Two of San Francisco International Airport's four runways were closed for multiple hours Thursday after crews found a foot-deep depression in one of them, airport officials said.
The closure resulted in at least 300 flights being delayed, airport officials said.
The pothole, which was initially described as a "12-inch pavement depression," was found on runway 28L near the intersection with runway 1R during an inspection early Thursday morning, according to SFO spokesman Doug Yakel.
"Over two-thirds of all of the aircraft that operate at SFO use that particular intersection," Yakel said.
In raw numbers, that means more than 800 jets use the intersection daily, and by the early afternoon, hundreds of flights were delayed, on average, more than an hour.
But some were delayed much longer. Jenisa Jumawan sat with her family in Seattle watching their visit to the Bay Area get pushed back further and further.
"So, we were just standing their waiting, and, like, getting confused," Jumawan told NBC Bay Area.
Antonio Drolapas said the delay meant he would arrive for his 40th birthday celebration in Las Vegas a couple hours late.
"Two hours, unbelievable," Drolapas said. "It was supposed to leave at 2:30, and now it's moved to 4:30."
"They said they’re going to put me on an Uber with some people I don't know, and they’re going to take us down to the San Jose airport," Tony Lioci of Berkeley said.
Both runways were initially closed so crews could fix the pothole. Runway 1R reopened around 12:20 p.m. Runway 28L reopened around 2:30 p.m.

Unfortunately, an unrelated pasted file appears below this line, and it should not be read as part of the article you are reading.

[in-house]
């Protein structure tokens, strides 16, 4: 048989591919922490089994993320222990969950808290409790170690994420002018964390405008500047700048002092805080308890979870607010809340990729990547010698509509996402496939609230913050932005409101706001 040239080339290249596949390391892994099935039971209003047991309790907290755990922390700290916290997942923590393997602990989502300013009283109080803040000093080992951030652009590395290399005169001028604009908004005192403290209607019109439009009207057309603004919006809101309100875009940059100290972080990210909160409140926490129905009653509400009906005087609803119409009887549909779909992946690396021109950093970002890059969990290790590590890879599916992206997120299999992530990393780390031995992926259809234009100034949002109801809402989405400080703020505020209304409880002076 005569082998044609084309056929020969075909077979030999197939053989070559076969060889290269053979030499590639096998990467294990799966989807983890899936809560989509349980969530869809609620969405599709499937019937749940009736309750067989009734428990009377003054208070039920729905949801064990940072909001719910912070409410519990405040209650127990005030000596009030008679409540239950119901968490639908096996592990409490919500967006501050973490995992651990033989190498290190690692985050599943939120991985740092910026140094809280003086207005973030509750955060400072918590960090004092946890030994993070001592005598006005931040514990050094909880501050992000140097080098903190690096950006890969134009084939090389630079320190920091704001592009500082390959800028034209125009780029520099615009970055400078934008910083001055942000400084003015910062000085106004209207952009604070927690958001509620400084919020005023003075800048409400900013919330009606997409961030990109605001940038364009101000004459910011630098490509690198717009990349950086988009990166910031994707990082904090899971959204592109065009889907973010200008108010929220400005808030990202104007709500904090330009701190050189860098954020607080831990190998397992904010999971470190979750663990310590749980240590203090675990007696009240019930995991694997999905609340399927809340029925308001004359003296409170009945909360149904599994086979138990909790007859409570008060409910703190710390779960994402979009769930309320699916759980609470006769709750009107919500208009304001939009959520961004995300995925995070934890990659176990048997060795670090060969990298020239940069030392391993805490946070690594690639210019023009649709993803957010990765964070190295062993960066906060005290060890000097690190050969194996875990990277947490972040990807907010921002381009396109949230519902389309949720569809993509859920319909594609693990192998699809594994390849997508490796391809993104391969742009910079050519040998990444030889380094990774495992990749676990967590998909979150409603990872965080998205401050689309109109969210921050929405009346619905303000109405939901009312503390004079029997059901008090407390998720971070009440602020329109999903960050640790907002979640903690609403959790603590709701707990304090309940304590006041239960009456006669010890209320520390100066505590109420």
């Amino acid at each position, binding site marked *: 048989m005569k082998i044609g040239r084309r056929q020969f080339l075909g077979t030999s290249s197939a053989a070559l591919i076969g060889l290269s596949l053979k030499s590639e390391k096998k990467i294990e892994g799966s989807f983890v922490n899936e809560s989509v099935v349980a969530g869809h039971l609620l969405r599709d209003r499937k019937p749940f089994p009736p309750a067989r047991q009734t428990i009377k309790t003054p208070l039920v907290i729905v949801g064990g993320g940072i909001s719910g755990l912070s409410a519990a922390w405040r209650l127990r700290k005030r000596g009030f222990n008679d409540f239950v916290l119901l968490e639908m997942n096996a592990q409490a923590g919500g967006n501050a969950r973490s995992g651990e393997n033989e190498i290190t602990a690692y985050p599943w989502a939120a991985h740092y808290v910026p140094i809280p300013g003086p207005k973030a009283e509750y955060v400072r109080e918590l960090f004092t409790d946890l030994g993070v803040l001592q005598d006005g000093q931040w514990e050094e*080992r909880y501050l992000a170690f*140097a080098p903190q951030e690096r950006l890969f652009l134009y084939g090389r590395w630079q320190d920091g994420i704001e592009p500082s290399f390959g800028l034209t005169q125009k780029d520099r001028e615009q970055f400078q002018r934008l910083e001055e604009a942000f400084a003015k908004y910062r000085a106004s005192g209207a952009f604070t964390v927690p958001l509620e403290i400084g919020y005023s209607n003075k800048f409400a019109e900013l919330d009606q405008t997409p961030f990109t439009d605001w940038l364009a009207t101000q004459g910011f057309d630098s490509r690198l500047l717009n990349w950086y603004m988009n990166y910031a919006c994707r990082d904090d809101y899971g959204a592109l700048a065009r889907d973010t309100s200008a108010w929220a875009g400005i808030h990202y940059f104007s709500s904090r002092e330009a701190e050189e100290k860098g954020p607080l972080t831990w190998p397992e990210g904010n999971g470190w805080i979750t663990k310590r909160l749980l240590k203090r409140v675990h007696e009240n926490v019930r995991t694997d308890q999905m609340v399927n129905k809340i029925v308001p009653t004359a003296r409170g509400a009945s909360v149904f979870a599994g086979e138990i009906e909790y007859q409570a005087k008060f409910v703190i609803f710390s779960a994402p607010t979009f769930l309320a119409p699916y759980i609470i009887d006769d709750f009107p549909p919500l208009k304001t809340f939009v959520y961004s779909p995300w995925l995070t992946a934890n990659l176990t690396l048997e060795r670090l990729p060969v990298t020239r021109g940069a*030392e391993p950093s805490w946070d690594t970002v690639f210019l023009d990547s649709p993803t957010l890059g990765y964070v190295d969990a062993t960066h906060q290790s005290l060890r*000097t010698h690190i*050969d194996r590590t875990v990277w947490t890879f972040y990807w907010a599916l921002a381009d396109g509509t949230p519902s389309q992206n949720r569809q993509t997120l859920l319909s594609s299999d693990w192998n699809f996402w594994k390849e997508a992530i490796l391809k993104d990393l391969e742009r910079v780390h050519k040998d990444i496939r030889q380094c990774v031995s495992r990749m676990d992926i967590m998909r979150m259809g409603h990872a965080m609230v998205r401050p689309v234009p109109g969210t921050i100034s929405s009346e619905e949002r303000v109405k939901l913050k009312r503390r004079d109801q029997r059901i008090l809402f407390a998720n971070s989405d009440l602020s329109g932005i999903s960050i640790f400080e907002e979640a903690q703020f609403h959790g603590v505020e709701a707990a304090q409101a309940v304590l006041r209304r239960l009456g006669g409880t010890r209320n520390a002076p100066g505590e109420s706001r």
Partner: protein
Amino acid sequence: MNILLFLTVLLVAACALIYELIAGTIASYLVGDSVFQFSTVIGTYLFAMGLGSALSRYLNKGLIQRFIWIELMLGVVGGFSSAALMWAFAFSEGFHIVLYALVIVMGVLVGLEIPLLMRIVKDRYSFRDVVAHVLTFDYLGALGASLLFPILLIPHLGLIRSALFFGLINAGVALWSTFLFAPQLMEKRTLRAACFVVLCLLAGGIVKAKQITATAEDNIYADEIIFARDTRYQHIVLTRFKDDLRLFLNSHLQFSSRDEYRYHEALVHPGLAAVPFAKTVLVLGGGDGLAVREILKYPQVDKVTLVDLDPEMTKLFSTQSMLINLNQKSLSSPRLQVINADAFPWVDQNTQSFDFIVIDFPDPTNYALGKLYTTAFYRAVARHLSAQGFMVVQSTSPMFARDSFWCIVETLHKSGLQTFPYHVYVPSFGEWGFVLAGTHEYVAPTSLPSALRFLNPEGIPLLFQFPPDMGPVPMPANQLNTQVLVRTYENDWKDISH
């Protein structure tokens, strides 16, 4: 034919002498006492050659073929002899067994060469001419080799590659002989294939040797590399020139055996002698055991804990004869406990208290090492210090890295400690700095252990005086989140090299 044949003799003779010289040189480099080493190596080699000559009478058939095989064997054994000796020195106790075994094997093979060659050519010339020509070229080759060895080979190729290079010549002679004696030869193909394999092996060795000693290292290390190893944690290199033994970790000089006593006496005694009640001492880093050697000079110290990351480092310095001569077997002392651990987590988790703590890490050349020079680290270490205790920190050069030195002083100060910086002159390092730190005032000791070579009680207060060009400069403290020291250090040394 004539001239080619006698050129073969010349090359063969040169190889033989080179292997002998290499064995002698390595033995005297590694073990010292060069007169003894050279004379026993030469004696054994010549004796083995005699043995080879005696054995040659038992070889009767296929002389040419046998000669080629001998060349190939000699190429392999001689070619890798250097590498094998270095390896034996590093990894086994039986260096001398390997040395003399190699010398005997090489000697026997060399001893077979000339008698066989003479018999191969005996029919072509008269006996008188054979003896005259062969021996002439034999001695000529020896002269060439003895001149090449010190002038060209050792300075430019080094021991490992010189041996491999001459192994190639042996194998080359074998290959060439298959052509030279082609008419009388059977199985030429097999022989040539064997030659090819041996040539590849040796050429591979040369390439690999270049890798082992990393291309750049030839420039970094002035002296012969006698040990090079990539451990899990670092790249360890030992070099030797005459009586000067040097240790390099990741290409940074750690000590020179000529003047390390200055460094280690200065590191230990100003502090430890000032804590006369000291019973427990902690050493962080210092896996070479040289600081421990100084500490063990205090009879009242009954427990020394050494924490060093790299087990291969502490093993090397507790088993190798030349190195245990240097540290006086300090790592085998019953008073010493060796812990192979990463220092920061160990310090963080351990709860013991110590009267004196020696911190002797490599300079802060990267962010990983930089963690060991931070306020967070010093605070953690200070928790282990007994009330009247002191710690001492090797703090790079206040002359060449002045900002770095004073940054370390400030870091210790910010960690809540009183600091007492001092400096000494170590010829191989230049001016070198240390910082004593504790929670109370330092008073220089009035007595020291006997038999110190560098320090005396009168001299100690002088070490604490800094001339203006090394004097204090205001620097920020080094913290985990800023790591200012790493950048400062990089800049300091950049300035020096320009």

"There's a snowball effect that goes on throughout the day, so the quicker they can get it open — the quicker they can minimize that snowball," NBC Bay Area aviation analyst Mike McCarron said.
Crews were able to get fresh asphalt quickly for the repairs, and the cooler temperatures helped the new pavement set faster than it would on a hot day.
The airport plans to replace crumbling concrete under the impacted section of runway in September and hopes the work will help avoid chronic delay problems.
Earlier this year, the NBC Bay Area Investigative Unit reported that SFO is sinking.
Built on landfill, the unsettled ground beneath SFO has long created problems for the airport operations staff. But with an increase in runway traffic over the last decade, the surface cracks caused by subsidence are creating a problem for travelers forced to endure flight delays, according to aviation sources and records reviewed by the Investigative Unit.